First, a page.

Short little words about a trivial thing.. Perhaps.. But you should see the goofy grin on my face when I say those words – because I love making soap!
As most soapmakers will tell you, making soap is an addiction. The hunt for the best ingredients, the planning of new designs, the quest to formulate the ultimate soap and, of course, the magic of oil being turned into soap and the feel of luxurious lather on your skin are all things that make you lust for more. Soapmaking is a fabulous creative outlet and it’s fun and difficult all in one. In soapmaking just like in winemaking there are an almost unlimited number of variables to consider and play with. As in baking, the process of soapmaking requires committment; you can’t keep your position open, you have to make a decision and run with it. Soap keeps you on your toes because it can only be told what to do to a point. Beyond that point nature takes its course and it’s for the wise savonnière to humbly respect and accept this.
Well, I can go on forever about soap in general, but today’s soap is Buttermilk Baby, a classic soap and our bestselling product. It’s a bastille soap (meaning an olive oil concentration of 75% or more), very pure and very gentle. The list of ingredients is short and serves as a reminder that it isn’t necessarily the complexity of a formulation that makes for great soap: the quality of the ingredients is far more important. The olive oil for this soap hails from Robertson on the banks of the majestic Breede River and the lavender essential oil (Lavandula abrialis) comes from Caledon. These small farming towns are both within an hours reach from where we are.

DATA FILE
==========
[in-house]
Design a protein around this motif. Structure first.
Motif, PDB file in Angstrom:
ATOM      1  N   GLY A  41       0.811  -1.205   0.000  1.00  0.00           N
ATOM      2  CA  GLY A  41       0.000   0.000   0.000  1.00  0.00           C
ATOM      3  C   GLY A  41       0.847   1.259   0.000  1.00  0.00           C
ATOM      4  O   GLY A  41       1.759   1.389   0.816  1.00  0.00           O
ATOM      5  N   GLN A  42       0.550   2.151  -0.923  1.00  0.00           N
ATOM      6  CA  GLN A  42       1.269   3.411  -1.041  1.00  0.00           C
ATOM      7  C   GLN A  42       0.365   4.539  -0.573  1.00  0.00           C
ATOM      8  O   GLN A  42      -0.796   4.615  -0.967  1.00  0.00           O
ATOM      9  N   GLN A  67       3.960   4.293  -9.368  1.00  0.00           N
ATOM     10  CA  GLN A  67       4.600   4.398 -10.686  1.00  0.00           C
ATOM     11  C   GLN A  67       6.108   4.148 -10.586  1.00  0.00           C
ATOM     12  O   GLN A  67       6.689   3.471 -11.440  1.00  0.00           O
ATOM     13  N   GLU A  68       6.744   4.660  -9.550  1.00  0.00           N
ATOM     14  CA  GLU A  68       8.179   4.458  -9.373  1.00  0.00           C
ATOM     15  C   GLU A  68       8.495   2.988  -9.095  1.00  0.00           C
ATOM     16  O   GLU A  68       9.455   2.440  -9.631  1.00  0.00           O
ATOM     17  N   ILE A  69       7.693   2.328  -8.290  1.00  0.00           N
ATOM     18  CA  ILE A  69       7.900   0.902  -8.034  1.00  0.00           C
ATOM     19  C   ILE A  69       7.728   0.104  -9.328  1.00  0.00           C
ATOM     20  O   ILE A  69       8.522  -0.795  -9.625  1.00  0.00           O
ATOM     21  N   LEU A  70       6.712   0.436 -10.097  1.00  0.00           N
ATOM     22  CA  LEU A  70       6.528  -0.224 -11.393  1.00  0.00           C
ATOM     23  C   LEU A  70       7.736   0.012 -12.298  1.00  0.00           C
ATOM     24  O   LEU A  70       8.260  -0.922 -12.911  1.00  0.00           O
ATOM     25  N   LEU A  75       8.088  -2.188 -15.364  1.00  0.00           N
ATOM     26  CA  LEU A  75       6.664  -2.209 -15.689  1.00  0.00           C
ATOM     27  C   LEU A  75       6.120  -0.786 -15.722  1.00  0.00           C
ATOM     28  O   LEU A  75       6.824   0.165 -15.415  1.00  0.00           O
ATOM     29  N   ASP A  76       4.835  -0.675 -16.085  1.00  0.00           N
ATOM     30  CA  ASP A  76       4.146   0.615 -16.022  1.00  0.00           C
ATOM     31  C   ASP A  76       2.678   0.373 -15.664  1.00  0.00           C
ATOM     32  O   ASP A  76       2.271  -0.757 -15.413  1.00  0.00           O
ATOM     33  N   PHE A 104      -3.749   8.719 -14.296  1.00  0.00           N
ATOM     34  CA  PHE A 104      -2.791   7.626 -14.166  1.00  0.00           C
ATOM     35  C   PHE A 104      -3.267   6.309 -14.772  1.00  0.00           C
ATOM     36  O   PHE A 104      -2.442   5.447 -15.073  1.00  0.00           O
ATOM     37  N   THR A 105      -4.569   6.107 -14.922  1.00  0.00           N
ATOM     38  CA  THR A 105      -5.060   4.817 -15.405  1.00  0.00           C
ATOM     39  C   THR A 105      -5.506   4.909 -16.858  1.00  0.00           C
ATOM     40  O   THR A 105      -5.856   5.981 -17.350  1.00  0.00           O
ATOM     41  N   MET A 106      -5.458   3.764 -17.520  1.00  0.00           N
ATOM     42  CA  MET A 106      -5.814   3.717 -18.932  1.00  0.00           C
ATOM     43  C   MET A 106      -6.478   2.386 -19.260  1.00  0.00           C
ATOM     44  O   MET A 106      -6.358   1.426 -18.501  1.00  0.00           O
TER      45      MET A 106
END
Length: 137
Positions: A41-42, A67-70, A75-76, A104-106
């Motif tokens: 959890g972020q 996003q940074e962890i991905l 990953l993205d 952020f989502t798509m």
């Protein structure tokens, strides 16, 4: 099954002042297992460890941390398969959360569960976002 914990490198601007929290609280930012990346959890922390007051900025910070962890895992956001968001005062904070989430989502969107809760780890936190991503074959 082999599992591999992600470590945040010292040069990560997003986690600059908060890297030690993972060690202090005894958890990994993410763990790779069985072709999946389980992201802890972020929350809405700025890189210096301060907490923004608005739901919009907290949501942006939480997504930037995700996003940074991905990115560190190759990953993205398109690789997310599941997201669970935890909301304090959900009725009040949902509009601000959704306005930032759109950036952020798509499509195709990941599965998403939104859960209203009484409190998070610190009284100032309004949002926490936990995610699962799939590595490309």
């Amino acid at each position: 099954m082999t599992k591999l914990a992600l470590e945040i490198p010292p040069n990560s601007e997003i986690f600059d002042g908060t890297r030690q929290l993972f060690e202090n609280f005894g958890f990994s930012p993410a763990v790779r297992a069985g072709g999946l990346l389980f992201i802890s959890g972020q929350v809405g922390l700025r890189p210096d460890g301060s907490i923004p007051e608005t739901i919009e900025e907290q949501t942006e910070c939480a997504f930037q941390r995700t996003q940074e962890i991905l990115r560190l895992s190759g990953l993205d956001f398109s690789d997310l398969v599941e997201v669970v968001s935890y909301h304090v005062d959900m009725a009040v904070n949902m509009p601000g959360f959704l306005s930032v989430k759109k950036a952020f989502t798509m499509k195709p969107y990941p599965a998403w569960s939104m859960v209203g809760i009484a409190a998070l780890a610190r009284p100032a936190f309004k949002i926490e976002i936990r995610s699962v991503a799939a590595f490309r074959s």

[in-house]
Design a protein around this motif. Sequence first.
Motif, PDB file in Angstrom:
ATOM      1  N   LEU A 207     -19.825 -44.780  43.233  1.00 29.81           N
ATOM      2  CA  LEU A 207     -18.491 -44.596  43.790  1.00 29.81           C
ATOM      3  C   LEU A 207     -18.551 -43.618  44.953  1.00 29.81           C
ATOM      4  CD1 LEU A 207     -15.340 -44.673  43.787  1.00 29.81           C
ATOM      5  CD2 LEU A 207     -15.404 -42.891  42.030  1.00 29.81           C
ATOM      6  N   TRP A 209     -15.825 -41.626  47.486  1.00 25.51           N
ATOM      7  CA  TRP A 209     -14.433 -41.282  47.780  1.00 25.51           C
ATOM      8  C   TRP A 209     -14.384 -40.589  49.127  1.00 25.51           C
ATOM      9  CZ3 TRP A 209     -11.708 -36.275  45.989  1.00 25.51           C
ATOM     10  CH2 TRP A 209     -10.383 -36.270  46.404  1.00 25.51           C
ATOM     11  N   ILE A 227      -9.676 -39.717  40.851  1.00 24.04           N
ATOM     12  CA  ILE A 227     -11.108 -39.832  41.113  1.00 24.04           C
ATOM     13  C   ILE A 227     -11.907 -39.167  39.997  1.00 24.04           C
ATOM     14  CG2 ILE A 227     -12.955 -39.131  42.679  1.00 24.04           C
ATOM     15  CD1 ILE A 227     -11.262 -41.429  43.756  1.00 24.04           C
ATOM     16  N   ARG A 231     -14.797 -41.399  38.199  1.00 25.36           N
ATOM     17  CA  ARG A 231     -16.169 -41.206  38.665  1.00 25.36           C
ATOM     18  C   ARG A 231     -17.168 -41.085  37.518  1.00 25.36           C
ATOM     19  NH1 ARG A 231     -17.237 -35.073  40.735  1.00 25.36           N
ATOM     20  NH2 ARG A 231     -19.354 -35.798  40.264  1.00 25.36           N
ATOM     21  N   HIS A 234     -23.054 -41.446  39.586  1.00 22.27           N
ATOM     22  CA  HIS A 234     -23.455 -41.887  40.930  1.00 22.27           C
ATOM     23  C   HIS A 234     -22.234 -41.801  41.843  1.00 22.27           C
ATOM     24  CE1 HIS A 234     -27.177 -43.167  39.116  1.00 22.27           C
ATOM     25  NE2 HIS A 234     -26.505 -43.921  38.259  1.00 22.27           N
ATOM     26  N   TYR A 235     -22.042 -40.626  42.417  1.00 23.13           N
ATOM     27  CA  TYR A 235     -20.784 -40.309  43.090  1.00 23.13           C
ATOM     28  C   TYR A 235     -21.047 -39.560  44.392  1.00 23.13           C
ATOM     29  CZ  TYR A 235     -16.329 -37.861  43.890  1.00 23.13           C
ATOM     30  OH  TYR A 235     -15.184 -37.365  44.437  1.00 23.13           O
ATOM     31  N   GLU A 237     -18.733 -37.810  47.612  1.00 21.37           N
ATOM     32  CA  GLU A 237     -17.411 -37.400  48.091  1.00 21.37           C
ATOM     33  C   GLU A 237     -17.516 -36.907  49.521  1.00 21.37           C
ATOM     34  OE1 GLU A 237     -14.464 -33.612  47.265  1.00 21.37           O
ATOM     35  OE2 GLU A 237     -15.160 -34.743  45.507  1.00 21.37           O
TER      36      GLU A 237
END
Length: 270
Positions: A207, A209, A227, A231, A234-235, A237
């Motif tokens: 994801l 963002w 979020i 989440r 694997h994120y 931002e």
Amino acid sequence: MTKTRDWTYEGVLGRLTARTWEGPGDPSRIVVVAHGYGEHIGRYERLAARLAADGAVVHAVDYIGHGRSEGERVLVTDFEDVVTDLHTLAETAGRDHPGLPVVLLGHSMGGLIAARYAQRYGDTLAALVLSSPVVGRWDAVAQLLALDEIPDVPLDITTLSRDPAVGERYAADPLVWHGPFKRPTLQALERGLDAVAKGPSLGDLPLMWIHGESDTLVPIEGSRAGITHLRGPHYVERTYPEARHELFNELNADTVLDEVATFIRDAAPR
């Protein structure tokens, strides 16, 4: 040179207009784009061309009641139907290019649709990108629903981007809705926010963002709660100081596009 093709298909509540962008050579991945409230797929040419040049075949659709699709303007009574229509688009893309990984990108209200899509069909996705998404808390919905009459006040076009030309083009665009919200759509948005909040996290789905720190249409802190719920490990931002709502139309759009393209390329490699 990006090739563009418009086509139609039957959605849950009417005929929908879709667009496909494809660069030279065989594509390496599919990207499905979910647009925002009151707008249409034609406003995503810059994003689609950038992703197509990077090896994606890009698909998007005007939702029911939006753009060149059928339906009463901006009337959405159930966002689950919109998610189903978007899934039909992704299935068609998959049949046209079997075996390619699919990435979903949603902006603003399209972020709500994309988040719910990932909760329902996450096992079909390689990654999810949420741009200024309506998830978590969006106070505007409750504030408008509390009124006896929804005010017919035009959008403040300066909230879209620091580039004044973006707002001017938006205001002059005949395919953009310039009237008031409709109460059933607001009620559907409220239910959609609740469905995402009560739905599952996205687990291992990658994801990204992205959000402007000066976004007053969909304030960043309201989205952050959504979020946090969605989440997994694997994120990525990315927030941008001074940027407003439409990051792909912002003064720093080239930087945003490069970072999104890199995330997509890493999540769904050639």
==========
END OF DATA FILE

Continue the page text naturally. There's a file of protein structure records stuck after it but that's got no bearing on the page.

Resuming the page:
It’s a lovely soap to make, unpretentious, patient and true to itself. There is nothing to distract from its true soapy nature and the classic lavender scent is nicely soothing. The diamond pattern on top is made while the soap is still semi-fluid and stays a reminder that the hard bar we hold in our hand was once a liquid emulsion. It’s also my mojo-soap: When things don’t go according to plan, Lex Murphy kicks in or I’m feeling generally discouraged, a batch of Buttermilk Baby always helps restore my faith that what I do is good, meaningful – and fun!
And when the soap is safely in its wooden mould and left to do its saponification trick, I get to clean up and prepare for the next batch of soap. But before that it’s time for a well-deserved break – and a glass of beautiful thick, fresh leftover buttermilk.
anti aging face cream reviews
Do you mind if I quote a couple of your articles
as long as I provide credit and sources back to your
webpage? My website is in the very same niche as yours and my visitors
would truly benefit from some of the information you provide here.
Please let me know if this alright with you. Many thanks!
As long as all images, ideas and written material are given due credit you are welcome to quote my site 🙂
Thank you so much sharing your knowledge with us “Soapmaking Addicts”. Most of us are not only addicted to the physical art of making soap, we are also thirsty for an infusion of knowledge that quells our anxieties about the many unknown and unpredictable responses we provoke from a single batch of soap. Your experiments and tutorials are the welcomed infusions of knowledge that provides guidance in our soapmaking journey.
My blog posts are part of my journey to learn and understand. Glad you enjoy them! 🙂
Where is the buttermilk Bastille recipe? I’d love to try it.
The Buttermilk Baby Soap is listed on Auntie Clara’s webshop. You will find a full list of ingredients there.